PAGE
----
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PC Review - 'The Sims 2: Nightlife'

by RumDragon on Sept. 25, 2005 @ 2:20 a.m. PDT

With The Sims 2: Nightlife, players will be able to take their Sims out to hit all the swanky hot spots in the all new downtown location and spice up their lives with an all new dating gameplay and a new life goal focused on pleasure seeking.

Genre: Simulation
Publisher: EA
Developer: Maxis
Release Date: September 13, 2005

Buy 'THE SIMS 2: Nightlife': PC

There is something endearing about the Sims franchise, which has been nothing short of a staggering phenomenon with The Sims 2 selling over a million copies in its first 10 days alone. The University expansion pack added all-new depth to the game, and now Nightlife gives your virtual people even more to do, even if it does seem to lack as much content as the previous add-on.

Nightlife is all about socializing, with the new downtown area that features 30 different restaurants, clubs, bowling alleys, and more for your Sims to visit. However, if you don't like the pre-made haunts that you are provided with, you can feel free to go modify and expand the downtown area as much as you would like, or build one from scratch. For instance, I was sitting at one of the cafes and realized what downtown was really missing: a goth club that featured a bar and a bowling alley. So within 20 minutes, Nosferatu Lanes was open for business, complete with a DJ and bartenders that were put to work as soon as my Sim visited for the first time.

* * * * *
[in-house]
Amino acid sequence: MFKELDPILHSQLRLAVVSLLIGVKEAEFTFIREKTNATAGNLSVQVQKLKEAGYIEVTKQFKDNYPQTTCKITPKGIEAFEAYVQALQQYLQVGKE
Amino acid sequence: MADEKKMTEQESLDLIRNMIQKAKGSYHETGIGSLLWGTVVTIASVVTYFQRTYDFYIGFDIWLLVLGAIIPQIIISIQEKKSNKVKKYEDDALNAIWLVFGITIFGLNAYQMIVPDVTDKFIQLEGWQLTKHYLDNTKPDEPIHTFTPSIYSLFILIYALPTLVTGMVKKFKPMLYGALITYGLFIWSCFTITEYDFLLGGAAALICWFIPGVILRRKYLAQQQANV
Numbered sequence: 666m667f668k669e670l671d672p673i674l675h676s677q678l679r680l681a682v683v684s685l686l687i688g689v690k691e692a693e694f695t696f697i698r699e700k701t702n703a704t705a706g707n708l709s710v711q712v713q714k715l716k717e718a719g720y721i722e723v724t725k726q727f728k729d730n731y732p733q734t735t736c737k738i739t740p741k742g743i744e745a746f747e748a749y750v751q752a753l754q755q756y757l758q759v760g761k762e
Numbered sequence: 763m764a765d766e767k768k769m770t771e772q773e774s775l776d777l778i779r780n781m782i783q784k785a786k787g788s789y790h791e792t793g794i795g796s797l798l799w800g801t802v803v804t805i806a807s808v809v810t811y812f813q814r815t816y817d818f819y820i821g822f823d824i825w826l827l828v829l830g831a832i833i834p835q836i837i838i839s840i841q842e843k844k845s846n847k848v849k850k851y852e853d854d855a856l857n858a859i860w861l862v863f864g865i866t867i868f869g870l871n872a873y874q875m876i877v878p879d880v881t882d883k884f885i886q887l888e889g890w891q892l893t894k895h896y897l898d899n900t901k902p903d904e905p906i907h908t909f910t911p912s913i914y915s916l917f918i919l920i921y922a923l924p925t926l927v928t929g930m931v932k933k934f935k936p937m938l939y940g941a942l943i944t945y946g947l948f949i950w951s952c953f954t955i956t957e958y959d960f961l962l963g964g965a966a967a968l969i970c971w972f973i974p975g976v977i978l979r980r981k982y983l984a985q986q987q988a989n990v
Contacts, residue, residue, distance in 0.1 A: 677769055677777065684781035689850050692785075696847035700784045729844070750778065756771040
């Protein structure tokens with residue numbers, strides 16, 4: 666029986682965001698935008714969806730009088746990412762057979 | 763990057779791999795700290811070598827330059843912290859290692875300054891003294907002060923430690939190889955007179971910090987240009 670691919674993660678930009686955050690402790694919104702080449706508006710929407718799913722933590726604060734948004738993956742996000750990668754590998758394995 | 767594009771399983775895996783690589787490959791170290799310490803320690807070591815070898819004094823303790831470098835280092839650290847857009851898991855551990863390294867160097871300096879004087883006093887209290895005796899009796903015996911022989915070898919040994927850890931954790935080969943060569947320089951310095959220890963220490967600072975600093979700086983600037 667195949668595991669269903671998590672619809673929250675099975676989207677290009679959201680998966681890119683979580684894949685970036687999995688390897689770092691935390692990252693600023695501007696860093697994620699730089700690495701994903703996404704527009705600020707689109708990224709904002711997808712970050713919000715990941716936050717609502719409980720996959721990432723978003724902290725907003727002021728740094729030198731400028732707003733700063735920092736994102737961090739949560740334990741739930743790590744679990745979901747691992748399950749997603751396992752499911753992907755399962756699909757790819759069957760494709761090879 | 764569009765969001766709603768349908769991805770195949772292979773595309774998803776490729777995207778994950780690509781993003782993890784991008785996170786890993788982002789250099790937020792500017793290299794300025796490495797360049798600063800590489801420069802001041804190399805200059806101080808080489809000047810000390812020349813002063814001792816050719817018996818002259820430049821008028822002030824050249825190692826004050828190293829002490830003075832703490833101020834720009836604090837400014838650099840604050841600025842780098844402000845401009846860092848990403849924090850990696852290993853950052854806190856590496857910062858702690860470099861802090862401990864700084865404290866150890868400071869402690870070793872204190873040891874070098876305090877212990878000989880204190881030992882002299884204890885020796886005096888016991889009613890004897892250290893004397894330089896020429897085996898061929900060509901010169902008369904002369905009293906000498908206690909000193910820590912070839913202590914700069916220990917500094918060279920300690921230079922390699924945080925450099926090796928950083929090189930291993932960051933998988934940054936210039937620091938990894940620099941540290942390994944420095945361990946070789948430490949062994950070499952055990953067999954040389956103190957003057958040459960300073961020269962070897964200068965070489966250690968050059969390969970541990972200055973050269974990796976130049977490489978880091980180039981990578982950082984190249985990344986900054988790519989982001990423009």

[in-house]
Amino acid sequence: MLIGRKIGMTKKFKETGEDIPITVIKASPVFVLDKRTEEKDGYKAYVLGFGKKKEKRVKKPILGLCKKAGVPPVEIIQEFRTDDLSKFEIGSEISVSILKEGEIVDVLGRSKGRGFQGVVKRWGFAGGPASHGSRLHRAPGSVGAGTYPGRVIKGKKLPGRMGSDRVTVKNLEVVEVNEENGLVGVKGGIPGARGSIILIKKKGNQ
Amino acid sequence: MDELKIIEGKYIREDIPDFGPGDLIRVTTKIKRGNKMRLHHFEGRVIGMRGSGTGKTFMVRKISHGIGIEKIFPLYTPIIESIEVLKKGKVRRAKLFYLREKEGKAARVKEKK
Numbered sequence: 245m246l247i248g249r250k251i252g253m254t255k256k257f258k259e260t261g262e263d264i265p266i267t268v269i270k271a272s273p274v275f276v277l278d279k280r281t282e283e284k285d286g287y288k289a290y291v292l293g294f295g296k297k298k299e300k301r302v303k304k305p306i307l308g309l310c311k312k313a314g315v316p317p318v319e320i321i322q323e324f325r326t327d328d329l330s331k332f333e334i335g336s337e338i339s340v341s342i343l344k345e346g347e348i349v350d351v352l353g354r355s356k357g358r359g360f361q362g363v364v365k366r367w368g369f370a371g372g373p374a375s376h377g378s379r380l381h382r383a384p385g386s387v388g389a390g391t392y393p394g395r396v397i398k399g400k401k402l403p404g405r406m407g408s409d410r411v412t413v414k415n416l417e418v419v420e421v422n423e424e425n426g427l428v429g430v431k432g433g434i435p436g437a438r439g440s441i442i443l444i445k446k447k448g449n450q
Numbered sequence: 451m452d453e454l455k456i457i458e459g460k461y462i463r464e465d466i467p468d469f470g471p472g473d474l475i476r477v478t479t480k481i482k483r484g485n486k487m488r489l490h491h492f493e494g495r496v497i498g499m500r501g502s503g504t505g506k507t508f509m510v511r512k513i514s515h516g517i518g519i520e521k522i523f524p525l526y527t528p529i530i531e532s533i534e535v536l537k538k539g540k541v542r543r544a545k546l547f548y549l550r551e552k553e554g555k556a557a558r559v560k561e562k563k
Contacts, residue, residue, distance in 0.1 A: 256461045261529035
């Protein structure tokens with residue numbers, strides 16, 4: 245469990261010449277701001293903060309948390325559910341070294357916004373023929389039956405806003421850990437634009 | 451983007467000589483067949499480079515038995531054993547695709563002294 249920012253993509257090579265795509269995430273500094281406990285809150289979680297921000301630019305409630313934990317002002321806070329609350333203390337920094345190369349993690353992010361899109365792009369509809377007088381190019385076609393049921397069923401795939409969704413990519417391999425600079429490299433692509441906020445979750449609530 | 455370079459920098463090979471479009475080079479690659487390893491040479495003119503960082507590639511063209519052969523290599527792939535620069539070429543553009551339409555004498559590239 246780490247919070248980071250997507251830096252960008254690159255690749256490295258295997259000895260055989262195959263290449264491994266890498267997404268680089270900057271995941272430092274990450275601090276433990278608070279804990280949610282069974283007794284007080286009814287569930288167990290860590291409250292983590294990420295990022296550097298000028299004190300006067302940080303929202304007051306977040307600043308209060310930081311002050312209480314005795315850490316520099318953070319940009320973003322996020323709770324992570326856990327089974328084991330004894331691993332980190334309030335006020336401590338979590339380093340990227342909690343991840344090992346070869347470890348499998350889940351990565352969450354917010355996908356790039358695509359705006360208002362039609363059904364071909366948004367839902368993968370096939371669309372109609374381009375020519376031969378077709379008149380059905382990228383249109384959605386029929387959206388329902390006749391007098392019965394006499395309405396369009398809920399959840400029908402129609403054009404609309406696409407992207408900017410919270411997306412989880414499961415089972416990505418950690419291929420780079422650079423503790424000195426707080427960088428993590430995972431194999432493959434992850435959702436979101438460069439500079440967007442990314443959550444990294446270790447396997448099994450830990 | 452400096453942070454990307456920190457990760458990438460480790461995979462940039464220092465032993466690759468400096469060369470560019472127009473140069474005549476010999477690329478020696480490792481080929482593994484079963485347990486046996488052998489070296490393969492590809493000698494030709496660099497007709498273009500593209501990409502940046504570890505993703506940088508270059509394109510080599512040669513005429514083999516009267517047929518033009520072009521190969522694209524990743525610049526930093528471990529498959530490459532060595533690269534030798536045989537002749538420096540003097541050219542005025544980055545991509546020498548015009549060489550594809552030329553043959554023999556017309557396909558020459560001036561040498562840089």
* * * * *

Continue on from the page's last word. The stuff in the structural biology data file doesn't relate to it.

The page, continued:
Aside from the downtown area, the most important addition is that of dating, which adds a whole new depth to getting your Sims better acquainted with one other. When creating your character, you can now pick from a variety of turn-ons and turn-offs (such as vampirism, hair color, and fitness, to name a few). If you have pre-existing Sims from before the expansion, then they will be assigned turn-ons and turn-offs randomly, seeing as how you cannot modify an already created Sim. There is also a chemistry feature that can make Sims progressively hate or love each other even more. This can be a blessing or curse depending, especially if you're the type who doesn't like to hold grudges or have them held against you.

The new dating function is much like trying to get your little Sim into private school with the headmaster. You start with a timer and a progression bar to the side of the screen to tell you how well you are doing, and if this isn't enough, you can also be straightforward and ask your date what they want to see or do, or where they want to go. This feature can be a bit depressing, however, as my poor Sim found out when he asked his date what she wanted to do after a wonderfully ranked date, to which she responded that she wanted to make out with three different people. There are also group outings that function much the same way but are vastly more difficult because of the range of personalities you have to satisfy at once.

Some other noticeable features are easier aspiration goals more often, cars, and vampires. That's right – your Sim can finally transport him/herself to work. There are other interactions with the car as well, if you just want to chill out and listen to music or even make woohoo with that special someone in the backseat. Your Sim can also take the car out for a spin, which is great fun for them. Vampires are a nice addition, for those Sims who truly live for the nightlife; just don't expect to be doing any daily gardening, as you will start to smolder in the sun. However, the vampire count is rather hard to find, so if you really feel like feeding on Bob Newbie, you're going to be spending some time in the darker corners of downtown.